Cut Your Page’s Loading Time In Half With Some Simple jQuery


It is a popular trend at the moment to use almost full-page high-resolution super-large images on your portfolio, which does work effectively as it focuses the user on your best work and clearly highlights how good you are as a designer. So, it looks great, and it works great. But those images are absolutely killing your page speed.

Normally, common practice would be to place all non-essential larger images at the bottom of your page’s HTML so that they will load last, after the rest of the HTML content.
However, this isn’t always possible, because:

  1. Sometimes, you need to put your portfolio in the middle of your page relative to other inline elements.
  2. You may have some crazy-cool jQuery effects that only launch when your page is fully loaded – which means users will be left waiting to see them until your overly large images load.

Why Does It Matter?

  1. Google takes loading time into effect when it is calculating your search ranking.
  2. Mobile devices can be sensitive to page-loading times as they often have much slower connections.

The Fix

You can trick your browser into loading your big images after the entire page is loaded. It does sound a bit crazy, but it’s not really…

How it works

We’re going to remove the images from the HTML, then put them back in using jQuery. Simple as that.

This will allow the images to load after all of your other content has finished – PLUS, there’s an important added benefit: search engines measure your page-load speed by what’s in your HTML, not what jQuery loads after the fact. That means that when Google measures your site’s loading speed, the page speed result will look significantly better.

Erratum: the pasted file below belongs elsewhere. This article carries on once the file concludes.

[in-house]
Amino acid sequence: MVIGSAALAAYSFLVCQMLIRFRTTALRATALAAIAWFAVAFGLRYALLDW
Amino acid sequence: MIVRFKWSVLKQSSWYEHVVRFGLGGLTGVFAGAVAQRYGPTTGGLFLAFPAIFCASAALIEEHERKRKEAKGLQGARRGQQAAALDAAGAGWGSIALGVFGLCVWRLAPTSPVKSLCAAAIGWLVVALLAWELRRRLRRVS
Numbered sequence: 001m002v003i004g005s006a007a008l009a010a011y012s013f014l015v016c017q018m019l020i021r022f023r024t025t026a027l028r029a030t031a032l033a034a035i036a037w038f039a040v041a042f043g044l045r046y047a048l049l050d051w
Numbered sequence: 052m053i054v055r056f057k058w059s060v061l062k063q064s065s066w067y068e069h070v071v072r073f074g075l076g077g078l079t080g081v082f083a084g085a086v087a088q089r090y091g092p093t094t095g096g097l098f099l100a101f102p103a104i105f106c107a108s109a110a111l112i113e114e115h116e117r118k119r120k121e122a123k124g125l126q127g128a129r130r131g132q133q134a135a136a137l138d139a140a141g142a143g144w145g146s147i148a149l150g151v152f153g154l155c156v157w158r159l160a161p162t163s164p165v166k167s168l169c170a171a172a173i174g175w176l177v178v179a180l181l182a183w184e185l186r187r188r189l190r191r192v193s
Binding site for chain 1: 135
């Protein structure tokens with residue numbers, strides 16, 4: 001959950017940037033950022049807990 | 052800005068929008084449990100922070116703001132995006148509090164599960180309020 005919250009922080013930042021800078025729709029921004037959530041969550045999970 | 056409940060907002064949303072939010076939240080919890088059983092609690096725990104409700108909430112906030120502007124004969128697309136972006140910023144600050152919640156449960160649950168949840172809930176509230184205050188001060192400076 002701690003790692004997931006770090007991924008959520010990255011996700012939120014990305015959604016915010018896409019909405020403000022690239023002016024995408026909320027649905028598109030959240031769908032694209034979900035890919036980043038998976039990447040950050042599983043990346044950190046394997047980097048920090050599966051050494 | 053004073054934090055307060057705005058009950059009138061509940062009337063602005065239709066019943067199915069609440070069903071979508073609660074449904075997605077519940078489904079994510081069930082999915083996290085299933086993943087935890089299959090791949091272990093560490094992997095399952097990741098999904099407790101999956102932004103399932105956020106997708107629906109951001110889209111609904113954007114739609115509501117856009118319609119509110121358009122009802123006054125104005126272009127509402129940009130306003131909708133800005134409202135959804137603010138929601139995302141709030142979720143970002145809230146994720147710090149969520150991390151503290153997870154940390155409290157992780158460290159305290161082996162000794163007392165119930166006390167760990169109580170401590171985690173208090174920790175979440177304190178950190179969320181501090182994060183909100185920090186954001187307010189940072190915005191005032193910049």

This is how to do it:


Remove all of the big images from your HTML (my images just happened to be in an unordered list):

Remove all of the big images from your HTML


Add a jQuery snippet that will add them back into the HTML after everything else on the page has loaded:

$(window).load(function(){ // This runs when the window has loaded
var img = $("").attr('src', 'YourImagePath/img.jpg').load(function() { 
// When the image has loaded, stick it in a div

var img2 = $("").attr('src', 'YourImagePath/img2.jpg').load(function() {


Check your site out and measure the page loading time.

BOOM! It’s fast!

Your big images should load last, and your content should load FAST (awful rhyme, I’m sorry). I cut the loading time of my site’s content in half just by using this method.

Theoretically, you could remove all of the images from your page and put them back using jQuery, which could make your page appear to be even faster.

Just to prove that this technique does work, here’s the live demo:

Slower Page (loads in about 1.5s)Faster Page (loads in about 0.3s)

Happy coding!

This page may contain affiliate links. At no extra cost to you, we may earn a commission from any purchase via the links on our site. You can read our Disclosure Policy at any time.